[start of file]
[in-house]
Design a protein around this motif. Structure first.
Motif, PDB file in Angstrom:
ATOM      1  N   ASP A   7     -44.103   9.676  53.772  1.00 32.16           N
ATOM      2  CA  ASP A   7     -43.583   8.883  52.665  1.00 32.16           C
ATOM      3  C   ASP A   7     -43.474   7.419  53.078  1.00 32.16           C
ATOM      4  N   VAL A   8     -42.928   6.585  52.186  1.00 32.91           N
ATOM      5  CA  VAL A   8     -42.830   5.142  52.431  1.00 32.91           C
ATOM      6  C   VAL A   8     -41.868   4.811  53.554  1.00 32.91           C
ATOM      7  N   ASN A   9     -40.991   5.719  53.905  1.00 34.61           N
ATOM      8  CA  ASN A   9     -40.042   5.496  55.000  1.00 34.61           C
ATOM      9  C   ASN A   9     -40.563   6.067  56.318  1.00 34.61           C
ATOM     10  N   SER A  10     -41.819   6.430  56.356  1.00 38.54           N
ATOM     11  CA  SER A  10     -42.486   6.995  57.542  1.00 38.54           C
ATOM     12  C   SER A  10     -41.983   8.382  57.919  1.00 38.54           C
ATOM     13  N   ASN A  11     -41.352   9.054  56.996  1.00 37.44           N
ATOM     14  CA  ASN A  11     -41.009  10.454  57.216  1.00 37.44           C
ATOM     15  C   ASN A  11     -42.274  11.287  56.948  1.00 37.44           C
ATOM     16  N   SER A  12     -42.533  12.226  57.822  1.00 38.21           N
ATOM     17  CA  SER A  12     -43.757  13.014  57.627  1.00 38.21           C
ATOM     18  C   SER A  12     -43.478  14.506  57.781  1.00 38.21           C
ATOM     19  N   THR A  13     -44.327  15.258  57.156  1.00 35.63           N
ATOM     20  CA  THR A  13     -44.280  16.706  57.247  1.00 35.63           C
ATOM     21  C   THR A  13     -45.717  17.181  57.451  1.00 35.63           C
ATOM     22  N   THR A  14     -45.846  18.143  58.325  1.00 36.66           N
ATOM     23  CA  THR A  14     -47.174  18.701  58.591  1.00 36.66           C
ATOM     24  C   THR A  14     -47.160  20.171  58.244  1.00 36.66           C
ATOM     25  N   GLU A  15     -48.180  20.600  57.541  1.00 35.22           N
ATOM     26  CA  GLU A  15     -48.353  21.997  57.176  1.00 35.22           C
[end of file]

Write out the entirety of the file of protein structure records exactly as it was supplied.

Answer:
[in-house]
Design a protein around this motif. Structure first.
Motif, PDB file in Angstrom:
ATOM      1  N   ASP A   7     -44.103   9.676  53.772  1.00 32.16           N
ATOM      2  CA  ASP A   7     -43.583   8.883  52.665  1.00 32.16           C
ATOM      3  C   ASP A   7     -43.474   7.419  53.078  1.00 32.16           C
ATOM      4  N   VAL A   8     -42.928   6.585  52.186  1.00 32.91           N
ATOM      5  CA  VAL A   8     -42.830   5.142  52.431  1.00 32.91           C
ATOM      6  C   VAL A   8     -41.868   4.811  53.554  1.00 32.91           C
ATOM      7  N   ASN A   9     -40.991   5.719  53.905  1.00 34.61           N
ATOM      8  CA  ASN A   9     -40.042   5.496  55.000  1.00 34.61           C
ATOM      9  C   ASN A   9     -40.563   6.067  56.318  1.00 34.61           C
ATOM     10  N   SER A  10     -41.819   6.430  56.356  1.00 38.54           N
ATOM     11  CA  SER A  10     -42.486   6.995  57.542  1.00 38.54           C
ATOM     12  C   SER A  10     -41.983   8.382  57.919  1.00 38.54           C
ATOM     13  N   ASN A  11     -41.352   9.054  56.996  1.00 37.44           N
ATOM     14  CA  ASN A  11     -41.009  10.454  57.216  1.00 37.44           C
ATOM     15  C   ASN A  11     -42.274  11.287  56.948  1.00 37.44           C
ATOM     16  N   SER A  12     -42.533  12.226  57.822  1.00 38.21           N
ATOM     17  CA  SER A  12     -43.757  13.014  57.627  1.00 38.21           C
ATOM     18  C   SER A  12     -43.478  14.506  57.781  1.00 38.21           C
ATOM     19  N   THR A  13     -44.327  15.258  57.156  1.00 35.63           N
ATOM     20  CA  THR A  13     -44.280  16.706  57.247  1.00 35.63           C
ATOM     21  C   THR A  13     -45.717  17.181  57.451  1.00 35.63           C
ATOM     22  N   THR A  14     -45.846  18.143  58.325  1.00 36.66           N
ATOM     23  CA  THR A  14     -47.174  18.701  58.591  1.00 36.66           C
ATOM     24  C   THR A  14     -47.160  20.171  58.244  1.00 36.66           C
ATOM     25  N   GLU A  15     -48.180  20.600  57.541  1.00 35.22           N
ATOM     26  CA  GLU A  15     -48.353  21.997  57.176  1.00 35.22           C